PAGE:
We’re now halfway through the fourth week of counting for the Senate, and the count has got close to the finish line, although we only have a final result in the Northern Territory, where Labor and the Country Liberal Party each retained their one Senate seat without any need for preferences.
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Jim Molan grabbed a lot of attention in the election for his quixotic attempt to be re-elected from the fourth spot on the NSW Liberal/National ticket, despite New South Wales having a relatively low rate of below-the-line voting.
I received a request earlier this week to consider making a map showing the results of the map in Bass and Braddon, the two electorates in northern Tasmania won by Labor in 2016 and lost in 2019.
The map in this post shows the two-candidate-preferred vote across Tasmania, and also shows the swing in four of the five Tasmanian seats (there’s something weird going on with the booth swings in Clark in the AEC’s dataset, so I’ve left it off).
As I’ve been putting together these maps I was particularly interested in seeing what the booth map looked like for the Victorian Greens. There wasn’t a consistent story to come out of the election when it comes to swings for the Greens. The Greens had a tough ask in retaining all six of their Senate seats up for election. At the moment they should win five and possibly six, which is a pretty good outcome.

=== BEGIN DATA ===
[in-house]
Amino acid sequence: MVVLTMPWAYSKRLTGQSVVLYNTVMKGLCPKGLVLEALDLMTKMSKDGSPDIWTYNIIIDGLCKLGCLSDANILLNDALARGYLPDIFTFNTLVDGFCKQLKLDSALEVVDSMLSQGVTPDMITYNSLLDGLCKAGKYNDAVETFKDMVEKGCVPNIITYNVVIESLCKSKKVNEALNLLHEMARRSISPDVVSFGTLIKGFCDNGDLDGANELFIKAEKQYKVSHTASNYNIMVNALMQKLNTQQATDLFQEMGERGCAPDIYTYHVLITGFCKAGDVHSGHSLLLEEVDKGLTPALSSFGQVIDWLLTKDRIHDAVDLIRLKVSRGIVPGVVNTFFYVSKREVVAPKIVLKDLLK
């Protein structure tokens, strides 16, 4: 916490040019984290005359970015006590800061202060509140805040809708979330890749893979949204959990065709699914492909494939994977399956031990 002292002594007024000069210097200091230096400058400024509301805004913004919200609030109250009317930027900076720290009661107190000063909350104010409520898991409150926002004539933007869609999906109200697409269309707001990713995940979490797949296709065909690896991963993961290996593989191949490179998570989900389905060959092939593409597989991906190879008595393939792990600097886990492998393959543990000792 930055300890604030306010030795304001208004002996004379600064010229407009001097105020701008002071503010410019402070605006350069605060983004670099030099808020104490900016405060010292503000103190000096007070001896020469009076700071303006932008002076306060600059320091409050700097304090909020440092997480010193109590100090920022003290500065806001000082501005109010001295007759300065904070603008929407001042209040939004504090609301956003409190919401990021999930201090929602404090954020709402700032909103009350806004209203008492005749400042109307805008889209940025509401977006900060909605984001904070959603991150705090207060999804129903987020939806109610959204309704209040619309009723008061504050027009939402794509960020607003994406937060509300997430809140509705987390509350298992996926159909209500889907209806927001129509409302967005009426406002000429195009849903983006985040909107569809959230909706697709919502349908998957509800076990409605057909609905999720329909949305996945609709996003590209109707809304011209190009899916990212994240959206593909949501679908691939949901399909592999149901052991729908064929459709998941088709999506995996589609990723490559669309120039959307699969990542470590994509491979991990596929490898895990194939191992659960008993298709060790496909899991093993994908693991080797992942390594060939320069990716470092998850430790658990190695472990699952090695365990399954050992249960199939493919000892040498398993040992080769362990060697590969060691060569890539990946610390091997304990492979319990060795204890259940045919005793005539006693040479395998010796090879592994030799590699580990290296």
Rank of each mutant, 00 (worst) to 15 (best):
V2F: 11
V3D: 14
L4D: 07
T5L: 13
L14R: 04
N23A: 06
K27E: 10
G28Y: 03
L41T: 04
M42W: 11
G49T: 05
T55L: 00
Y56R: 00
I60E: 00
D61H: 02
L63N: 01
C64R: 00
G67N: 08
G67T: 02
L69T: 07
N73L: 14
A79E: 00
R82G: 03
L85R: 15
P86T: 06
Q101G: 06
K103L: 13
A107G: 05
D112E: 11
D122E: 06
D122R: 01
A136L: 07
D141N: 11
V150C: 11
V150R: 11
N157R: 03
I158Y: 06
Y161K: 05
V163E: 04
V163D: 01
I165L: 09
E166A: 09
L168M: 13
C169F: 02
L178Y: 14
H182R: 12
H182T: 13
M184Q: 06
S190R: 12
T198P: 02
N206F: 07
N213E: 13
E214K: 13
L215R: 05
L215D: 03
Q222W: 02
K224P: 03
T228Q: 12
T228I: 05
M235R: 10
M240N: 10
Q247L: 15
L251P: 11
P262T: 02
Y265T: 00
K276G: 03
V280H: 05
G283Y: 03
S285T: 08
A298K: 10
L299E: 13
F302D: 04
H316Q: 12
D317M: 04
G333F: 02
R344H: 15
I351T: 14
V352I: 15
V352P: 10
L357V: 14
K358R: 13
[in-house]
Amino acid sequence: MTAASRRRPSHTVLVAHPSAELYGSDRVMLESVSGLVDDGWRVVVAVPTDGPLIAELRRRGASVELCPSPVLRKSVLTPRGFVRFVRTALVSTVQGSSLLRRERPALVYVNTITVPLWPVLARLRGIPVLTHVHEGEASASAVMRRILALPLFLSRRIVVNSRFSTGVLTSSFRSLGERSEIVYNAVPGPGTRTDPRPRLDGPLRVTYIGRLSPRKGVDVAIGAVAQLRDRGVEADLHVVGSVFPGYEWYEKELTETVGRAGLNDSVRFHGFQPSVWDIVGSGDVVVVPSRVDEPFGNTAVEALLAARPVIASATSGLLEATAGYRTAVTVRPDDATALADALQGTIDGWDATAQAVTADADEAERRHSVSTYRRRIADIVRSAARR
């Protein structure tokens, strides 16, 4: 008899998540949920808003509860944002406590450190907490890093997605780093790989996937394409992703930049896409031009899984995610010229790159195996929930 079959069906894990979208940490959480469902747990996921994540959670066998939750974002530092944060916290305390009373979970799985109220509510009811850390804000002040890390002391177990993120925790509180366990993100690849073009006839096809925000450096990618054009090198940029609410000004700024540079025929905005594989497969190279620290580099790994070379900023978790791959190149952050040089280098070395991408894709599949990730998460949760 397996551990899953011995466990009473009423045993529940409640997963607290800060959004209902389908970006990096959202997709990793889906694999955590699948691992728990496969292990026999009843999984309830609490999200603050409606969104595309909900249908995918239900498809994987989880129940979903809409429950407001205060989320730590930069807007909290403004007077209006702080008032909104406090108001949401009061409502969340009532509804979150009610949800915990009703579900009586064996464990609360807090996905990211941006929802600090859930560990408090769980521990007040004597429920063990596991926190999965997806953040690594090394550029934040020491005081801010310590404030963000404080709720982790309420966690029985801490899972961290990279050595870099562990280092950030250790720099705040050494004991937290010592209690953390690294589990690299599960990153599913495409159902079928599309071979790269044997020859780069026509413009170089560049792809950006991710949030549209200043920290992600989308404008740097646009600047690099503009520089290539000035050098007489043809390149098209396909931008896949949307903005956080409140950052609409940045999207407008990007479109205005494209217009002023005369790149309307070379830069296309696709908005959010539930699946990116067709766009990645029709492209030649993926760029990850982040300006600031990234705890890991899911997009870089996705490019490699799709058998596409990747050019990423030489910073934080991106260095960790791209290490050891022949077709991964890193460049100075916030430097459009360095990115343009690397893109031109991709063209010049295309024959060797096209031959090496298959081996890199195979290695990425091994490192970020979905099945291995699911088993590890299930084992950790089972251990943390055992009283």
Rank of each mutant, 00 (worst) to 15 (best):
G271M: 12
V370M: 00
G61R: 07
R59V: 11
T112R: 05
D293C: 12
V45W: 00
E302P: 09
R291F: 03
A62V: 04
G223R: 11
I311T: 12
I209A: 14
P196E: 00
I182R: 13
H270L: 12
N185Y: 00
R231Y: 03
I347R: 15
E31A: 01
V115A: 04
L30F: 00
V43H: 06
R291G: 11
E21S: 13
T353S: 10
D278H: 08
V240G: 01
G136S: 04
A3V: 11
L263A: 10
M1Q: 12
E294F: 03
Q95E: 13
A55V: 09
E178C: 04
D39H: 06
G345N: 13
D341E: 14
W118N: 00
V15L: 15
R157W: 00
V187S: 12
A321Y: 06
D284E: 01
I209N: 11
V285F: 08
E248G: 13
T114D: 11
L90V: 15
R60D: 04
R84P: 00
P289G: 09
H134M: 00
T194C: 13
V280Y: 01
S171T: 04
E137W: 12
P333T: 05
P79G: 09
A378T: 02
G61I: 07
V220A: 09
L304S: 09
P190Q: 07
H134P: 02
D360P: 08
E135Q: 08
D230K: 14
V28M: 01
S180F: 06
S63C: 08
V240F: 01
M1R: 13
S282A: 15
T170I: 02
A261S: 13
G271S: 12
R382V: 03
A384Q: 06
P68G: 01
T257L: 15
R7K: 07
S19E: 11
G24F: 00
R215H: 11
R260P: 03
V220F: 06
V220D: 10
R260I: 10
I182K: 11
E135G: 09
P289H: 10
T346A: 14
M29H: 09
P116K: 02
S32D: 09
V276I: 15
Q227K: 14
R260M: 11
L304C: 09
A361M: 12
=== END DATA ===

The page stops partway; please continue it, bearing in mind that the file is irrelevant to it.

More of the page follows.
The Australian Capital Territory (ACT) never receives much attention in federal elections, but I found some interesting trends when I mapped out the results of the recent election, both in terms of the House and the Senate.
Once you notice the trend of Liberal areas (particularly those with higher education and income levels) swinging towards Labor while Labor areas swing to the Coalition, you start to see the trend all over the place.
After my post on Friday evening about turnout levels I’ve also done some further analysis into the rate of informal voting at the recent election.
While it is true that the informal rate has increased compared to the 2016 election, it is still lower than it was in either 2010 or 2013. And the increasing rate of enrolment means a larger proportion of the Voting Eligible Population (VEP) have cast a vote in 2019 than in any election in the last decade.
With all of the conversation about large swings in particular parts of the country at the recent election, a few people have been discussing how much this election’s trends are simply a reaction to the 2016 election, with Malcolm Turnbull and Scott Morrison appealing to very different demographics at the head of the same party.
I’m writing this post on Tuesday evening. Earlier today Labor MP Susan Templeman narrowly pulled ahead in the seat of Macquarie by just 27 votes. Who knows who will be leading when this post goes up on Thursday morning.
I’ve always found Macquarie to be a fascinating electorate, because it has long been marginal despite the constituent parts of the electorate not being particularly marginal in themselves.